This is part four of a CDN series on millennials, the IT skills shortage, and the evolving workforce, which will include five articles. Stay tuned to CDN for follow-ups exploring the role of women in IT.
It used to be that the length of an economic cycle was about a decade.
A new trend like the Dot-com era would catch on, investors would get zealous, governments would funnel money into school programs, and graduates would snatch up jobs before the market corrected itself, forcing some companies to file for bankruptcy, workers to flee to other industries.
In today’s tech world, however, this is a thing of the past, at least, according to Susan Sim.
“[The boom and bust cycle] has certain shortened,” said Sim.
During the last two decades, which span her career from being a graduate student at the University of Toronto to becoming a full-fledged lecturer at the school’s Faculty of Information, she has seen the pendulum swing multiple ways.
The most recent, with the real estate crash in 2008, seemed to be in technology’s favour.
“Enrollment in computer science has doubled in the last five years,” said Sim. Her own university has gone from just over 600 undergrads with a major or specialization in computer science in 2010 to just under 1,500 last year.
This all happened organically with no special advertisements or recruiting efforts from departments, according to Sim, who said that the real estate crash in 2008 may have been a contributing factor. She added that her colleagues across North America including ones from Cornell University, Carnegie Mellon University, Stanford, Georgia Tech and even Queen’s University are reporting similar findings.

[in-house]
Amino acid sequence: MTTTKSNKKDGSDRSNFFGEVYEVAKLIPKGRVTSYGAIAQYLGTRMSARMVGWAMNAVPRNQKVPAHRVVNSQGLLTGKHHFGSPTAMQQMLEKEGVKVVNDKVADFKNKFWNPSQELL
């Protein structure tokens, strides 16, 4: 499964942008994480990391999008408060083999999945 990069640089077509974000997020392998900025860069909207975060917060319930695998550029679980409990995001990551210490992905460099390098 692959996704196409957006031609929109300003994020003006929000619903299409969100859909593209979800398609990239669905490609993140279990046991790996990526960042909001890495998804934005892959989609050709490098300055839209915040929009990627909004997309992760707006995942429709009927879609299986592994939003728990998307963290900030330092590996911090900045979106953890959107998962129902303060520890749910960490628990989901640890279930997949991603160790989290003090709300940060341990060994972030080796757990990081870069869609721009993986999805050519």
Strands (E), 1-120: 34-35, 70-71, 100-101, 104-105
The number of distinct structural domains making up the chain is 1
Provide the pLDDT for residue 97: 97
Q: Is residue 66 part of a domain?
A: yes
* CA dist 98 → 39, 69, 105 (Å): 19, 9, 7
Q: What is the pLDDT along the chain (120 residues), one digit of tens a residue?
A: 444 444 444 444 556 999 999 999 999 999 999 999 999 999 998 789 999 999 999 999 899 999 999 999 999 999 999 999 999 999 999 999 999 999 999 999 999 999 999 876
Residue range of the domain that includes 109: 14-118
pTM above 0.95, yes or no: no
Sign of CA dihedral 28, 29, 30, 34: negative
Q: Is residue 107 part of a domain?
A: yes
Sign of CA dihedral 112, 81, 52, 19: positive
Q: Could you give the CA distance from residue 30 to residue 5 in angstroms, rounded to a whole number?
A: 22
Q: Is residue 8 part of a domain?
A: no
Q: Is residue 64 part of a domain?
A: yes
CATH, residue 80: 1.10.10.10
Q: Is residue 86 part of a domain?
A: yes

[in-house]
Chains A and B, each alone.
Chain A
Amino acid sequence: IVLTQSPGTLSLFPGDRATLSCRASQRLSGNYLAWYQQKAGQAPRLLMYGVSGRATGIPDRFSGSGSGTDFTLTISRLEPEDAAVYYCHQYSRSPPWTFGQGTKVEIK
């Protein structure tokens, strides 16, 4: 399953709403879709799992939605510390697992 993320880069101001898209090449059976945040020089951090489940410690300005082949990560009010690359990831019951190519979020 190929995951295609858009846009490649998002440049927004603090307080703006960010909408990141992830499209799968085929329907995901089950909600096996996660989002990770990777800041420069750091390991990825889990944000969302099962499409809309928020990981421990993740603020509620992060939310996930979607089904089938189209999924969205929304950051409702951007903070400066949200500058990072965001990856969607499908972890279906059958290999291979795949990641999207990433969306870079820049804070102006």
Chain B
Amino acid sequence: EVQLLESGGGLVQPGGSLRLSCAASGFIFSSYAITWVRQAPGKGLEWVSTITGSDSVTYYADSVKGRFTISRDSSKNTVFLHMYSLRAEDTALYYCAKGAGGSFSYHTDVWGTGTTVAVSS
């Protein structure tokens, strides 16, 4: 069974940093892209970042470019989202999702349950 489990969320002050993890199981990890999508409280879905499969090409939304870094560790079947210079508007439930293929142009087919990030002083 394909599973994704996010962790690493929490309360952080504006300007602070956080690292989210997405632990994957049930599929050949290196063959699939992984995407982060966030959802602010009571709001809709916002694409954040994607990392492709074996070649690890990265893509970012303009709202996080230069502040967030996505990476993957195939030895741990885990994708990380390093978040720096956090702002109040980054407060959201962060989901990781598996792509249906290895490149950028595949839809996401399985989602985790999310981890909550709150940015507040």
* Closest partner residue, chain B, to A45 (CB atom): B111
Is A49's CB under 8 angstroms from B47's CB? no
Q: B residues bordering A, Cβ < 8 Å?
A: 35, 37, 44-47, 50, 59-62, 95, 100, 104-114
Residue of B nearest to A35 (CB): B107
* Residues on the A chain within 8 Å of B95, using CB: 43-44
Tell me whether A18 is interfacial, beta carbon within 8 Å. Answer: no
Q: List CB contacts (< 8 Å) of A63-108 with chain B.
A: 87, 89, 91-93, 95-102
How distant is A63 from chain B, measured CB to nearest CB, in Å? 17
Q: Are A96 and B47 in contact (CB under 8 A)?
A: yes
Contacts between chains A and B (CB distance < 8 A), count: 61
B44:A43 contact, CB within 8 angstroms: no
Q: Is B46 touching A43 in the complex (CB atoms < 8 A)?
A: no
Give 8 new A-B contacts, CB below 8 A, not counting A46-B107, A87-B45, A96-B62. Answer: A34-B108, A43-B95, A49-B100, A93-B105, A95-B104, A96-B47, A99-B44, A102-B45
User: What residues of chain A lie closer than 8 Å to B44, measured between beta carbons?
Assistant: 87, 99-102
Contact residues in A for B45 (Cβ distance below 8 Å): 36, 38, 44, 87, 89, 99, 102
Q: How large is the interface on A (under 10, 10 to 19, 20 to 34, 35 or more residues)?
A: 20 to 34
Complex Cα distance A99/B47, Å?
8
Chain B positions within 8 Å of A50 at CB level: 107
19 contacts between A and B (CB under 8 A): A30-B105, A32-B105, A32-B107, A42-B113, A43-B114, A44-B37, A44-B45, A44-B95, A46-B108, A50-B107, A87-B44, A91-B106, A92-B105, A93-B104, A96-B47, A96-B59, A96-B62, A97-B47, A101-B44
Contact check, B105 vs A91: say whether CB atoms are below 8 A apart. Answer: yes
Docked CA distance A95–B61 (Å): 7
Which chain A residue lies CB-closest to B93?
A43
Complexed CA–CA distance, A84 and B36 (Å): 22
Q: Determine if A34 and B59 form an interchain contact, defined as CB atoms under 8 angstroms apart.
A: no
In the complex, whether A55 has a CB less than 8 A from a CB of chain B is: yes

Yet, despite what seems to be another boom in tech, graduates are not being snatched up, according to Sim. In fact, it’s quite the opposite.
“Students are having a very hard time finding their first job after they finish their degree,” she said. “I have students in front of me who are sending out hundreds of resumes. They are throwing resumes at anything that moves.”
Despite constant changes to courses, increasing pressure to teach advanced topics sooner, teaching tools that are easier to use, and students in general graduating with more knowledge, the curriculum is just too full. Some practical topics such as cloud computing have not even made it in.
Sim pointed to what seems to be a disconnect between what companies expect from graduates and what they are able to learn during the span of their degrees.
“Companies want people with experience; they think it’s very competitive,” she explained, adding that while they used to be more willing to train people, companies no longer have the patience. “If you want somebody that’s 100 per cent ready to go, they’re going to struggle. But if you’re willing to train up somebody, you have a lot more choices.
The same problem seems to persist among those in their 40’s and 50’s, who need up to half a year to find work despite having extensive experience. In other words, despite demand for IT professionals, those looking for work are having difficulty.
“I think companies are saying ‘we can’t find qualified people,’ and the students are saying ‘we can’t find jobs,'” said Sim.
And as for challenges to attracting young people to IT? There are none, Sim said and laughed.
“It’s a very attractive discipline right now,” she said. “They just keep coming. We’re attracting students from all over.”
The issue is understanding that they are not as hard to manage as they are made out to be.
Among the things fresh grads are looking for in a job are a steady income, full-time work, benefits and a workplace that treats them well, in addition to meaningful work. Sim says that she would want the same things, and if companies are smart, they will embrace this.
“They want to know they matter at the end of the day,” Sim explained. “These are the kids we told to recycle in grade school because the little things they do matter. I think they believed us. For the better.”